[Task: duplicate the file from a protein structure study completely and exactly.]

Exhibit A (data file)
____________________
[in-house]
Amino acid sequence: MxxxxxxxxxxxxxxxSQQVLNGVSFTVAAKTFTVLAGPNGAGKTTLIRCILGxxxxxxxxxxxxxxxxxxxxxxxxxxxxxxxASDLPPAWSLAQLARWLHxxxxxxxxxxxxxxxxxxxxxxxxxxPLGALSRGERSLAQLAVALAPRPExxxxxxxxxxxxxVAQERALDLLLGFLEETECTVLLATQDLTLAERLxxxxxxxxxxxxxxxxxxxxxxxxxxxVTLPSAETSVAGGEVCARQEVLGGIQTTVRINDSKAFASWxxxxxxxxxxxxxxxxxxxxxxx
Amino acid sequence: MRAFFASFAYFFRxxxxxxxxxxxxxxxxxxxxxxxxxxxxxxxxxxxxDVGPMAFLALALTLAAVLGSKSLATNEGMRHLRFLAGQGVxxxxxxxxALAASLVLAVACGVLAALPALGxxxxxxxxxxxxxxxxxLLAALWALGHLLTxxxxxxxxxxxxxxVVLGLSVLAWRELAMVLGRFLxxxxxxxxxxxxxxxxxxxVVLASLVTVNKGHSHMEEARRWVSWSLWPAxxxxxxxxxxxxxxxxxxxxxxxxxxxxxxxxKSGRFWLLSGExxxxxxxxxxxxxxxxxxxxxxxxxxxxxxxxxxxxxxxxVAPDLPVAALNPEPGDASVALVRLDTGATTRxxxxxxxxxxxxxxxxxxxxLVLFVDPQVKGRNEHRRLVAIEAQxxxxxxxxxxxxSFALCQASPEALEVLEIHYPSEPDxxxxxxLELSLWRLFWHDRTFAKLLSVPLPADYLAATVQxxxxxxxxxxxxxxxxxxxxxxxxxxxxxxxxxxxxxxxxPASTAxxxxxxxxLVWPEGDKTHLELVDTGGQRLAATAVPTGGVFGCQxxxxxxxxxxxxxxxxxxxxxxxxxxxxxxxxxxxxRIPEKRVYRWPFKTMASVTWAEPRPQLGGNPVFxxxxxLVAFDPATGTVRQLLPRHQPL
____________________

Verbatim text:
[in-house]
Amino acid sequence: MxxxxxxxxxxxxxxxSQQVLNGVSFTVAAKTFTVLAGPNGAGKTTLIRCILGxxxxxxxxxxxxxxxxxxxxxxxxxxxxxxxASDLPPAWSLAQLARWLHxxxxxxxxxxxxxxxxxxxxxxxxxxPLGALSRGERSLAQLAVALAPRPExxxxxxxxxxxxxVAQERALDLLLGFLEETECTVLLATQDLTLAERLxxxxxxxxxxxxxxxxxxxxxxxxxxxVTLPSAETSVAGGEVCARQEVLGGIQTTVRINDSKAFASWxxxxxxxxxxxxxxxxxxxxxxx
Amino acid sequence: MRAFFASFAYFFRxxxxxxxxxxxxxxxxxxxxxxxxxxxxxxxxxxxxDVGPMAFLALALTLAAVLGSKSLATNEGMRHLRFLAGQGVxxxxxxxxALAASLVLAVACGVLAALPALGxxxxxxxxxxxxxxxxxLLAALWALGHLLTxxxxxxxxxxxxxxVVLGLSVLAWRELAMVLGRFLxxxxxxxxxxxxxxxxxxxVVLASLVTVNKGHSHMEEARRWVSWSLWPAxxxxxxxxxxxxxxxxxxxxxxxxxxxxxxxxKSGRFWLLSGExxxxxxxxxxxxxxxxxxxxxxxxxxxxxxxxxxxxxxxxVAPDLPVAALNPEPGDASVALVRLDTGATTRxxxxxxxxxxxxxxxxxxxxLVLFVDPQVKGRNEHRRLVAIEAQxxxxxxxxxxxxSFALCQASPEALEVLEIHYPSEPDxxxxxxLELSLWRLFWHDRTFAKLLSVPLPADYLAATVQxxxxxxxxxxxxxxxxxxxxxxxxxxxxxxxxxxxxxxxxPASTAxxxxxxxxLVWPEGDKTHLELVDTGGQRLAATAVPTGGVFGCQxxxxxxxxxxxxxxxxxxxxxxxxxxxxxxxxxxxxRIPEKRVYRWPFKTMASVTWAEPRPQLGGNPVFxxxxxLVAFDPATGTVRQLLPRHQPL